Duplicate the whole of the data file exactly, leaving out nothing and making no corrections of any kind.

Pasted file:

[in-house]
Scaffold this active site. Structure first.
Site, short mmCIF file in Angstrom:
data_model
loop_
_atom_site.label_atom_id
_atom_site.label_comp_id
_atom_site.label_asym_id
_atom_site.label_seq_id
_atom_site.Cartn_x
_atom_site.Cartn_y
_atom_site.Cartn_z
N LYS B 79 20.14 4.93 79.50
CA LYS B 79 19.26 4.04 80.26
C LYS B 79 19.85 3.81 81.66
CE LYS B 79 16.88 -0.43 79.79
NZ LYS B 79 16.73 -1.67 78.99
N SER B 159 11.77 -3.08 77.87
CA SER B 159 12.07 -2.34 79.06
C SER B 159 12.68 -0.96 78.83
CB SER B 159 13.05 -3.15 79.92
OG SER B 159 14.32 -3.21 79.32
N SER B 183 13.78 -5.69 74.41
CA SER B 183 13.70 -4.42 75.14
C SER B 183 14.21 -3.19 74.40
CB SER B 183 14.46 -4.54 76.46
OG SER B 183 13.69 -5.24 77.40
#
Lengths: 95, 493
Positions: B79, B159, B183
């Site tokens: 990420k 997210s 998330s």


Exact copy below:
[in-house]
Scaffold this active site. Structure first.
Site, short mmCIF file in Angstrom:
data_model
loop_
_atom_site.label_atom_id
_atom_site.label_comp_id
_atom_site.label_asym_id
_atom_site.label_seq_id
_atom_site.Cartn_x
_atom_site.Cartn_y
_atom_site.Cartn_z
N LYS B 79 20.14 4.93 79.50
CA LYS B 79 19.26 4.04 80.26
C LYS B 79 19.85 3.81 81.66
CE LYS B 79 16.88 -0.43 79.79
NZ LYS B 79 16.73 -1.67 78.99
N SER B 159 11.77 -3.08 77.87
CA SER B 159 12.07 -2.34 79.06
C SER B 159 12.68 -0.96 78.83
CB SER B 159 13.05 -3.15 79.92
OG SER B 159 14.32 -3.21 79.32
N SER B 183 13.78 -5.69 74.41
CA SER B 183 13.70 -4.42 75.14
C SER B 183 14.21 -3.19 74.40
CB SER B 183 14.46 -4.54 76.46
OG SER B 183 13.69 -5.24 77.40
#
Lengths: 95, 493
Positions: B79, B159, B183
């Site tokens: 990420k 997210s 998330s």